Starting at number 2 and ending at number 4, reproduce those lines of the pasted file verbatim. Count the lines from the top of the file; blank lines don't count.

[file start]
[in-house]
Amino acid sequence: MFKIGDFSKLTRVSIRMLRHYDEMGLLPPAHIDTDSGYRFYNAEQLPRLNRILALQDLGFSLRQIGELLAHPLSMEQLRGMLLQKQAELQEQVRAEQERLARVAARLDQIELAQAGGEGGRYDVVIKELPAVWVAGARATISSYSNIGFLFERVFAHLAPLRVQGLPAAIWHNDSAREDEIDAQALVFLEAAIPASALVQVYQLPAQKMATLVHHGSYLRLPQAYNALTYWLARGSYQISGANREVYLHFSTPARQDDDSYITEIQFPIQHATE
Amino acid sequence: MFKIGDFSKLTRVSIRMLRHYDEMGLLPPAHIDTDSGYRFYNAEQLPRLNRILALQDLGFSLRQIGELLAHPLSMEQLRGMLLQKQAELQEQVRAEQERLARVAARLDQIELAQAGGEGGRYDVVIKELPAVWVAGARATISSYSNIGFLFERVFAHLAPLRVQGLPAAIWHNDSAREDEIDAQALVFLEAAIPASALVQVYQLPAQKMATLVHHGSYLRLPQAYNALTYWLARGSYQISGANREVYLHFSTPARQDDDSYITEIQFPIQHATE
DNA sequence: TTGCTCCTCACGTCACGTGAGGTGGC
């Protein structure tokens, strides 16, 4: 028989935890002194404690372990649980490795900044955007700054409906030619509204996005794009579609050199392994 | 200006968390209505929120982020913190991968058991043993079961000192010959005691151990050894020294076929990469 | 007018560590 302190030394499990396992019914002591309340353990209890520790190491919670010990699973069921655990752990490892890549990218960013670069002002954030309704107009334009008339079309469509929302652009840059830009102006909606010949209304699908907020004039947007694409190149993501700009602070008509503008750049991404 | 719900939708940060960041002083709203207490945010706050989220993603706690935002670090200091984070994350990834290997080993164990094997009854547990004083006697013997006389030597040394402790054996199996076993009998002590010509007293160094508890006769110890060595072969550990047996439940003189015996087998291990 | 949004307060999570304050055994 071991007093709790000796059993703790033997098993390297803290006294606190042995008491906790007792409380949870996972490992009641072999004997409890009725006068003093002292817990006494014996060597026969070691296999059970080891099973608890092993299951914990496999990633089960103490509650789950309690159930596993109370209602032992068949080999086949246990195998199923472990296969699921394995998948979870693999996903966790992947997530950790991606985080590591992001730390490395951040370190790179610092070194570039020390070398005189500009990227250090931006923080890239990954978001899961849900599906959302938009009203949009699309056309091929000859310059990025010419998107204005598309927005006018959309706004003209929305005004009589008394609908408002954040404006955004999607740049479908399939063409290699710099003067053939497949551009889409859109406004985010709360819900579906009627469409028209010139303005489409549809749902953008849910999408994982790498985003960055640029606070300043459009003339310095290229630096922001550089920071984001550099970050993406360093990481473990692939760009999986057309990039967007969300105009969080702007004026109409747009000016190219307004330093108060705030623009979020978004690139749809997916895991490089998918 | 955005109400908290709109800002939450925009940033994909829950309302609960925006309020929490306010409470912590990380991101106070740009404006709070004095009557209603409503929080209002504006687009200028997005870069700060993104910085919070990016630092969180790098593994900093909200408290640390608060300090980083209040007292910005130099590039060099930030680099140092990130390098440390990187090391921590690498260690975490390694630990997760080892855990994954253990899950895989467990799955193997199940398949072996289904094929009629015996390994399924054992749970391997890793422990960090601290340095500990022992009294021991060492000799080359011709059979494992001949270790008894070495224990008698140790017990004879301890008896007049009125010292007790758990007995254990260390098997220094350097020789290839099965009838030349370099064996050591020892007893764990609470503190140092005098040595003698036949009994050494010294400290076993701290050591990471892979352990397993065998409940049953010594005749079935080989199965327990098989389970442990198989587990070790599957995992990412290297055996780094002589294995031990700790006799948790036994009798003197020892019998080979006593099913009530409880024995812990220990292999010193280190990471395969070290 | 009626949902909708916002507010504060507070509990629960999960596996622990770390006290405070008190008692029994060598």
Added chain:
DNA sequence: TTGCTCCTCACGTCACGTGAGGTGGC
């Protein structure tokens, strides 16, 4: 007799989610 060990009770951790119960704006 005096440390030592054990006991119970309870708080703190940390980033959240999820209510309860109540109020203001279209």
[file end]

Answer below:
Amino acid sequence: MFKIGDFSKLTRVSIRMLRHYDEMGLLPPAHIDTDSGYRFYNAEQLPRLNRILALQDLGFSLRQIGELLAHPLSMEQLRGMLLQKQAELQEQVRAEQERLARVAARLDQIELAQAGGEGGRYDVVIKELPAVWVAGARATISSYSNIGFLFERVFAHLAPLRVQGLPAAIWHNDSAREDEIDAQALVFLEAAIPASALVQVYQLPAQKMATLVHHGSYLRLPQAYNALTYWLARGSYQISGANREVYLHFSTPARQDDDSYITEIQFPIQHATE
Amino acid sequence: MFKIGDFSKLTRVSIRMLRHYDEMGLLPPAHIDTDSGYRFYNAEQLPRLNRILALQDLGFSLRQIGELLAHPLSMEQLRGMLLQKQAELQEQVRAEQERLARVAARLDQIELAQAGGEGGRYDVVIKELPAVWVAGARATISSYSNIGFLFERVFAHLAPLRVQGLPAAIWHNDSAREDEIDAQALVFLEAAIPASALVQVYQLPAQKMATLVHHGSYLRLPQAYNALTYWLARGSYQISGANREVYLHFSTPARQDDDSYITEIQFPIQHATE
DNA sequence: TTGCTCCTCACGTCACGTGAGGTGGC